This week, I had the honor of taking two of our children to observe the funeral procession of fallen Phoenix Police officer David Glasser. He was gunned down by a 19-year-old during a burglary call.
This married father of two, a 12 year veteran, lost his life over a BURGLARY.
His wife is going to an empty bed every night, over a burglary.
His children are wondering when Daddy will come kiss them goodnight, and losing hope that he will, over a burglary.
It disgusts me.
It was 90 degrees that day, and the last day of school for my kids. After a quick lunch, we decided to go home and get our flag that we've been proudly flying, in honor of law enforcement and in memory of Officer Glasser. We drove the 10 minutes to the site where the officer's procession would drive past. Positioned on the corner on ramp to the freeway with about 25 other people waving American flags, we somberly held our flag and placed our hands on our hearts.
And mine broke.
We stood in the heat for over an hour as my shocked children watched police vehicles roll by, seemingly endlessly. First, the motorcycle procession, guiding the way for Officer Glasser. This, followed by the hearse containing the flag-draped coffin, flanked by four more motorcycle officers. Then, limos carrying family and the procession of Phoenix Police vehicles. It was an incredible and moving display of honor for a fallen brother, and it rocked me. My son's eyes welled with tears. My daughter stood unmoving, hand on heart. I was unable to retain the tears that stung for a man I'd never meet.
And I felt ANGRY.
I can say it is only by grace that my own Dad is still here today, after a law enforcement career that spanned over 40 years. FORTY. YEARS. Forty years of getting dressed in the morning, never knowing if he'd make it home that day. Granted, later in his career he was elected sheriff and we felt safer having him more pinned to his office, but still, when bad things happened, he was at the scene himself to support his officers (which we hated, but he did it anyway).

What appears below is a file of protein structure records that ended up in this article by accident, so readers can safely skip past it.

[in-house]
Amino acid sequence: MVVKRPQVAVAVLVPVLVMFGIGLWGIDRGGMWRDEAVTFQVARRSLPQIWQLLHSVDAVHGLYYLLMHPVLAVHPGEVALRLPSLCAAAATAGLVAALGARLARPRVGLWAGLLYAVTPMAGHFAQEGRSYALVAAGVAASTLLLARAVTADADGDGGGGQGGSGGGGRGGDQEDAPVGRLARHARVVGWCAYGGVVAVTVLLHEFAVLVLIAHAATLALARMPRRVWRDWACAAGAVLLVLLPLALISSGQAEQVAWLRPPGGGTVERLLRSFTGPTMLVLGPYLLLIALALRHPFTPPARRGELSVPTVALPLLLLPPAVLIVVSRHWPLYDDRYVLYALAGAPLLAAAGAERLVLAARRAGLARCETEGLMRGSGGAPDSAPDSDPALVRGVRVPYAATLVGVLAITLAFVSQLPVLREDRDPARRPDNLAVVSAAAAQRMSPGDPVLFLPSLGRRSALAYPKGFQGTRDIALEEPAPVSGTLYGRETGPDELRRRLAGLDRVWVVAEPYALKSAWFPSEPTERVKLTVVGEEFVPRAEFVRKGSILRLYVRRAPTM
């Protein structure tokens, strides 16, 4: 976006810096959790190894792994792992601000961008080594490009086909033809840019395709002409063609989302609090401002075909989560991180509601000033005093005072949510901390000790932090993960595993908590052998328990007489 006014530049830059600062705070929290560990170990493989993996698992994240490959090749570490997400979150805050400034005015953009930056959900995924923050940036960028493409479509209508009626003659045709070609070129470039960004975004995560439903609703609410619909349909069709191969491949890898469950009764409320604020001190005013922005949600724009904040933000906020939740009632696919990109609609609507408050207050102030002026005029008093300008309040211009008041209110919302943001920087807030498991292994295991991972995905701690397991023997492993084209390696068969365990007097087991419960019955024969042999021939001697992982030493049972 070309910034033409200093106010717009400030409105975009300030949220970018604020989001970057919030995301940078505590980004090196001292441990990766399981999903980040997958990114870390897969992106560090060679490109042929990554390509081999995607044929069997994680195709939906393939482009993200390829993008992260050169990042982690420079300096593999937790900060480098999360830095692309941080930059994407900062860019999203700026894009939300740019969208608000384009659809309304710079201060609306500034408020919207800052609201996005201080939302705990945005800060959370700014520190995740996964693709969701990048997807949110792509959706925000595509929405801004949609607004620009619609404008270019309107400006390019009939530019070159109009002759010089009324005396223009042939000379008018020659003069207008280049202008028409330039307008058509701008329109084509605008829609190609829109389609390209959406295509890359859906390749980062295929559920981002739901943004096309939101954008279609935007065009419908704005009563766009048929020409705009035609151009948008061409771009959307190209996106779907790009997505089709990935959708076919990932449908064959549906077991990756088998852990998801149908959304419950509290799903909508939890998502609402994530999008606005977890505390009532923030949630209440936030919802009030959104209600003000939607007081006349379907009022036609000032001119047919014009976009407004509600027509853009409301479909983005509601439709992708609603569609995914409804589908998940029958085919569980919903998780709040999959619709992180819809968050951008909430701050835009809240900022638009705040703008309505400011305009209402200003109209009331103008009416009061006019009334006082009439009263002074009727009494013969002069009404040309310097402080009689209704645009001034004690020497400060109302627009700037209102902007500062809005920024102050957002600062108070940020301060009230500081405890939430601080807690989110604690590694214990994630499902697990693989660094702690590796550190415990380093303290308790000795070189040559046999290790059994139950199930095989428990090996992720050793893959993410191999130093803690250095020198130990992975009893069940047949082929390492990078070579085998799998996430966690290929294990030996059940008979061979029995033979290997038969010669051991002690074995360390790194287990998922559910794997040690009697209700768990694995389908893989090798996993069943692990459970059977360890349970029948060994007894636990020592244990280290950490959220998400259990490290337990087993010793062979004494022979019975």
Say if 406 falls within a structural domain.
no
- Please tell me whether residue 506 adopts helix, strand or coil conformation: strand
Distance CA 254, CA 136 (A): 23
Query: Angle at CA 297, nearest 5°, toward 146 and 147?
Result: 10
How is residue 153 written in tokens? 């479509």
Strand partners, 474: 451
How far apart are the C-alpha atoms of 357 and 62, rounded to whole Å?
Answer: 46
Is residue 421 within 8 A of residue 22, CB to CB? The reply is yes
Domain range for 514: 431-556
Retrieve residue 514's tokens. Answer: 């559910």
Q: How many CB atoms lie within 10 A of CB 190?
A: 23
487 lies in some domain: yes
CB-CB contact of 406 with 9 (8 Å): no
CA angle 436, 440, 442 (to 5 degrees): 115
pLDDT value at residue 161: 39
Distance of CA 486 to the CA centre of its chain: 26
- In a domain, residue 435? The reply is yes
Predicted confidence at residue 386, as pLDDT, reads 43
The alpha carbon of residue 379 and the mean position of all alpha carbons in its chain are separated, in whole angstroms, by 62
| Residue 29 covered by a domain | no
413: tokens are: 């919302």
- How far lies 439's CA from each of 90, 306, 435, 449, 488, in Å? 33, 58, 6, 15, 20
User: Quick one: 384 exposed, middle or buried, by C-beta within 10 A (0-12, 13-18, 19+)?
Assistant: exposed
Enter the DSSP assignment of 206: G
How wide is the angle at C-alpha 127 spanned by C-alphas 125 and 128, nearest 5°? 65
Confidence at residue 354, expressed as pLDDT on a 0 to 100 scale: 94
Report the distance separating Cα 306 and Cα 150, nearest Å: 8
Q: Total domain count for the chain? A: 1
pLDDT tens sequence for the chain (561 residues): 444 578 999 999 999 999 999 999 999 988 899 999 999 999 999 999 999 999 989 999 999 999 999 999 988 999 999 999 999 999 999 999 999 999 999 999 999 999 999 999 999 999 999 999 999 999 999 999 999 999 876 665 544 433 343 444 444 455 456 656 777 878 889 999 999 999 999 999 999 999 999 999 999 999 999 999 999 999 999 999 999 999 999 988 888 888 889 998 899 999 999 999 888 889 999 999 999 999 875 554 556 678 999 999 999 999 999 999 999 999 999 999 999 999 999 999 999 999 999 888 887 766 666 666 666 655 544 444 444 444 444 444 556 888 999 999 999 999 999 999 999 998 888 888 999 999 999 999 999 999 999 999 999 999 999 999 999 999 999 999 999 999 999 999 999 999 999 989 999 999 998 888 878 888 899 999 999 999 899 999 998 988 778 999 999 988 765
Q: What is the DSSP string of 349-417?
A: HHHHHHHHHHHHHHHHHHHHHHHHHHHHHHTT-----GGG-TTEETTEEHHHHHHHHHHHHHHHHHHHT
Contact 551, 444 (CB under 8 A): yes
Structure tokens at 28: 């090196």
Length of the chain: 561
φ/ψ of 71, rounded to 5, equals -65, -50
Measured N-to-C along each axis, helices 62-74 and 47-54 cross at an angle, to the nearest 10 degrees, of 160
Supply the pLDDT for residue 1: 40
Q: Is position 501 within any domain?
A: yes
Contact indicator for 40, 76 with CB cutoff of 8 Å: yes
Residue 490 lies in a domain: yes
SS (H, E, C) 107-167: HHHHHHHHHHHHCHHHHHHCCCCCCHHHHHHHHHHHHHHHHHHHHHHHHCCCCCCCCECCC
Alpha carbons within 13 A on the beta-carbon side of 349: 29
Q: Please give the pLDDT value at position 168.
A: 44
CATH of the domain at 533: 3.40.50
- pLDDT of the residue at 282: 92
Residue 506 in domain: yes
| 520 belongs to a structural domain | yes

There were stories of close calls over the years. My Dad can describe the way a bullet sounds when it whizzes so close to your head you can feel the wind it broke through. He can tell you what it's like to go to a scene with an FBI agent, in the agent's vehicle, and have a man possibly connected to the Oklahoma City bombing run out of his porch with a shotgun pointed at you. He and the agent crouched down behind open vehicle doors, my Dad desperately trying to radio for back up on a radio he wasn't familiar with. I can't imagine the fear involved.
He can tell you what it was like the day he called my Mom and said "Bring me jeans, tennis shoes and my other gun but don't ask me any questions."
My Mom knows what it's like to do just that, and have her husband kiss her goodbye and say "tell the kids I love them". She also knows what it's like to shoulder that fear alone, not wanting to alarm her teenage kids.
Dad knows what it's like to respond to the scene where a child was decapitated, an image he's never been able to shake. He's seen so much death, violence and the worst parts of humanity, yet remains strong and together for his family. And always did.
I remember my Mom curled on the corner of the couch some nights, when I was little, listening intently to the loud, static filled sounds of the police scanner, making sure everything was going ok that night. She never let on how scared she was. Now I, as a wife and mother, wonder how the families do it.